How far can we stretch a definition? I have been toying with the idea that trick taking games have a far broader application than perhaps I have given them credit for. My concept of trick taking games was exclusively set to card games. Yet as I have explored the topic further I have come to consider that the simple trick taking game may not be as limited as I initially thought. In a traditional sense of trick taking, players compete to take tricks or sets of cards. This is usually achieved by playing progressively stronger suits or combinations of cards. The leader of a trick plays a card which forces all others at the table to follow suit unless they use a trump card that can win regardless of suit.
alt Let’s get the obvious out of the way and quickly mention a few games that fit the more traditional definition of a trick taking game. Tichu has to be on of my favourite games to play as an app right now. I play it nearly every day and don’t seem to be tiring of it anytime soon. This is a more traditional card game but has enough variation to heighten the experience. 12 Days is a simple trick taking game by Mike Slinkier and James Earnest that uses theme rather well. It has a triangular deck (10 copies of the 10 card, 9 copies of the 9 card, 8 copies of the 8 and so on through to 1 copy of the 1 card). This game plays tricks you can score off of, but scoring also takes into account your hand at the end of the game. Through the game, you are trying to win tricks while keeping higher number cards for the scoring stage.
alt This is all good and well but I want to stretch the definition and I feel that games like Diamonster sand Get Bit do just that. These two games require that players compete for tricks but each have mechanisms that provide a twist on card play. In Diamonsters the cards are numbered 1-5 with the highest number wins. In Get Bit the same rule applies as Diamonsters, only each player has cards numbered 1-7. In both Diamonsters and Get Bit turns are simultaneous and everyone knows which cards you have used. The complexity is present in that in both games if two players use the same card they effectively receive a penalty. Additionally, in Diamonsters the one card trumps the five card providing an almost rock paper scissors scenario. These games are not only fun but use trick taking in a clever way. The problem is that not everybody would agree with my using trick taking in this way. If that is you strap in because I am going to push the definition just a little further.
alt Loot is a simple card game by Reiner Knizia. Loot is listed as an area control game on Board Game Geek, but not a trick taking game. Yet definitions on trick taking games do not specify when the trick can be won. In Loot, you place pirate ships of varying strength to “attack” and win a supply ship for scoring purposes. Ships remain on the table until play can proceed around the circle with no one else being able to play a higher valued pirate ship to win the supply ship. There are even trump cards in the form of Pirate captains. Clearly, the use of the term area control is warranted, but in my mind, these are still just tricks being won, even if multiple tricks can be active on the board at once, or tricks may take some time to win. The question is how far can I stretch this definition? Can I say that Small World is trick taking? You are using tokens instead of cards and placing larger numbers of troops in a space to claim a trick, and there are even trumps such as the dragon token. Yet if people would be resistant to me calling Loot a trick taking game then I suspect they would be even less supportive of my calling Small World a trick taking game. But I am becoming more and more convinced that trick taking is a mechanic that finds form in many formats and styles and I am not convinced yet that games like Small World don’t include the mechanic on some level.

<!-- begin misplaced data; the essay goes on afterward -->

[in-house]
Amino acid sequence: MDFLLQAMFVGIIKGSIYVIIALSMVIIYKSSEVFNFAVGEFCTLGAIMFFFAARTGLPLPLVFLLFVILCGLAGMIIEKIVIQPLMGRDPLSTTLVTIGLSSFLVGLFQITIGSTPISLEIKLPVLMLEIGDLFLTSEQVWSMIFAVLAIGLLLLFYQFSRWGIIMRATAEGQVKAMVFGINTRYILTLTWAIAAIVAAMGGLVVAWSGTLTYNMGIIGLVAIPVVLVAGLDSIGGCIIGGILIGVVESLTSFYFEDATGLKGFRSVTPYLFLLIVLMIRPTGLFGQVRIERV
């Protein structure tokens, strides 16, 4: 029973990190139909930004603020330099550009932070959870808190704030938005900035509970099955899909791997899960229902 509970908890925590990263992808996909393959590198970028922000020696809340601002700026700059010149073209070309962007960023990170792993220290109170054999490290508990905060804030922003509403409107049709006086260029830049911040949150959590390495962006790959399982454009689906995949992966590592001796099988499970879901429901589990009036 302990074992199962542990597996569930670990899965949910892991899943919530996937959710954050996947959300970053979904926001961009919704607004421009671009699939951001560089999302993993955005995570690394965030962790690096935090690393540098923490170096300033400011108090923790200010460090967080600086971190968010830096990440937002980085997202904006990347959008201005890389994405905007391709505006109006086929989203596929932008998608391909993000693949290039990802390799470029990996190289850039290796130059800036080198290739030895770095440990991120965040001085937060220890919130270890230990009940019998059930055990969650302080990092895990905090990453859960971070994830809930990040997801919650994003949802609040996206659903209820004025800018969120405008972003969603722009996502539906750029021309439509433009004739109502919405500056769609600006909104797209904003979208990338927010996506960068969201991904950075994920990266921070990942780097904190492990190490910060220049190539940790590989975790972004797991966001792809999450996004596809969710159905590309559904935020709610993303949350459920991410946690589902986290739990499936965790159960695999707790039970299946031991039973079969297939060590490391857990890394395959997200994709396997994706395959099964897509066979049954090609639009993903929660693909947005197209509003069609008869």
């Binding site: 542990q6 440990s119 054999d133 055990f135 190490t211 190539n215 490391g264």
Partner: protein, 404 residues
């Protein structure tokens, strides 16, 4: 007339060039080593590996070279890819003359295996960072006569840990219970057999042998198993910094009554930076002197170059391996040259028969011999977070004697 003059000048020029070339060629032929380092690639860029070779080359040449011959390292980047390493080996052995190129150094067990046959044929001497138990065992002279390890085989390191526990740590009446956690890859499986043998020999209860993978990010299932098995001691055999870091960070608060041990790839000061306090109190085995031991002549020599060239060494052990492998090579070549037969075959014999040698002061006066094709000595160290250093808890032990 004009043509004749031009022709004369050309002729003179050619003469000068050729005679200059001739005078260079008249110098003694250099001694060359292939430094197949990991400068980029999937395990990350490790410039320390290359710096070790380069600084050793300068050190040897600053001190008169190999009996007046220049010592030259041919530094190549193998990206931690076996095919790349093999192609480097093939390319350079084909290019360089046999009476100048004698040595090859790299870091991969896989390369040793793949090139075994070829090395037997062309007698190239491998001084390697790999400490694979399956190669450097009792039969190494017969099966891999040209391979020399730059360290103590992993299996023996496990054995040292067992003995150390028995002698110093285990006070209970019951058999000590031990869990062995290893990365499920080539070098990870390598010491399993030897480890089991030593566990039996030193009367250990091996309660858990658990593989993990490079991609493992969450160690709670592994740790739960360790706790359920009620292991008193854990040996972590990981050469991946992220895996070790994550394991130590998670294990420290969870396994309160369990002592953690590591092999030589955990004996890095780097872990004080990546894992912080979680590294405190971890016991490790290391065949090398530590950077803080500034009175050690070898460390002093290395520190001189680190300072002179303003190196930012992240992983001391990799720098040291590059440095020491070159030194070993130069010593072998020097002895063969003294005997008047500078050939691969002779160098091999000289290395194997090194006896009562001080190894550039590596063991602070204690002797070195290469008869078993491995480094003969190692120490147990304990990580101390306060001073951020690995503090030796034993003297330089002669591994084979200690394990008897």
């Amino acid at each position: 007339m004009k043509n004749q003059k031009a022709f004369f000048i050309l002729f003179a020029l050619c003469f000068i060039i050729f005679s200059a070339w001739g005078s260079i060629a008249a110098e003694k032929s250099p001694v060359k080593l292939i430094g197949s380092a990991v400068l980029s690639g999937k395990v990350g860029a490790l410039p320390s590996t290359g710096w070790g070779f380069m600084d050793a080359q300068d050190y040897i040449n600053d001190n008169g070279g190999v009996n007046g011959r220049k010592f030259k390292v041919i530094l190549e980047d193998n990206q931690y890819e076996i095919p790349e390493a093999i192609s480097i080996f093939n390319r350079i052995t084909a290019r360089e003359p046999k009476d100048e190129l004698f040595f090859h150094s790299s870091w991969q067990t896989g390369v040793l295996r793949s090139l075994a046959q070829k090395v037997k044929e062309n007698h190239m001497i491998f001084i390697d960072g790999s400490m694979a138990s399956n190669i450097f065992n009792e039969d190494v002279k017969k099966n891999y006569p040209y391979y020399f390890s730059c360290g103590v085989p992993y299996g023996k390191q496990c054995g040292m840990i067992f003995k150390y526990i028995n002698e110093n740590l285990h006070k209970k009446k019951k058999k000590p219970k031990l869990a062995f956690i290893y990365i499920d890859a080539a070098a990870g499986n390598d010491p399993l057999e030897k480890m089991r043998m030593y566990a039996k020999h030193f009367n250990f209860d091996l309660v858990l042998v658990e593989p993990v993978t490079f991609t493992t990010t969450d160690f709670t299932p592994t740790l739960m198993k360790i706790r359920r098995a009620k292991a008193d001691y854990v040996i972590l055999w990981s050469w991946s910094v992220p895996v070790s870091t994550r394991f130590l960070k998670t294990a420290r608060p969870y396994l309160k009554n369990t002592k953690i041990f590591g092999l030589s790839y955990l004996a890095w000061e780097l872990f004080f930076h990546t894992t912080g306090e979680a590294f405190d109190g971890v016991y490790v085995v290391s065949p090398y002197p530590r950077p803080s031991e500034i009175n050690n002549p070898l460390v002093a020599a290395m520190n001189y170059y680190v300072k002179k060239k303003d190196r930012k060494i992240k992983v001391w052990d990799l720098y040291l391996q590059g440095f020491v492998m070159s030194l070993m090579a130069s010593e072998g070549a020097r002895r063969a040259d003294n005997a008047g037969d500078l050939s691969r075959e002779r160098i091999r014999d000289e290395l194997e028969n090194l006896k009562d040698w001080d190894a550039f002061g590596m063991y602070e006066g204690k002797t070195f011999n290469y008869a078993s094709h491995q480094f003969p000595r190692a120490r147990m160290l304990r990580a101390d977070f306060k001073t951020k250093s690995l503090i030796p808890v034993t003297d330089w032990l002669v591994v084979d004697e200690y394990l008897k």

alt When we take trick taking into board games I think it is important to mention such games as Treasure Hunter by Richard Garfield. After the card draft, you use the characters in your hand to either get the strongest value or the lowest. The treasure tiles provide motivation to go for one or the other. The treasure tiles essentially provide motivation for going after a trick and help determine the most rewarding way to win the trick by having either the highest or lower strength. If both are bad it may be that all you want to do is avoid taking either treasure by playing cards that land you between your opponents. But this is not the most outrageous definition for trick taking and some who rejected Loot or other games may still acknowledge that Treasure Hunter has trick taking as one of the mechanics in the game. Yet I wonder if anyone has ever considered that most CCG’and LCG’s are trick taking games as well?
alt If you look up Magic the Gathering on BGG it refers to MtG as having hand management and player elimination as its primary mechanics, but not trick taking. Yet when you break the basics of game play down in MtG you have two or more people taking turns to play cards that trump their opponents card. While you could look strictly at the card strength this does not clearly demonstrate how Magic uses card abilities to provide additional strength or support to cards. This directly and confrontational nature of play may be pushing the definition somewhat, but it is helpful in reshaping the way we have looked at trick taking as a mechanic. More importantly, it may help us find new ways to use this mechanic in games we develop bringing it to a new audience.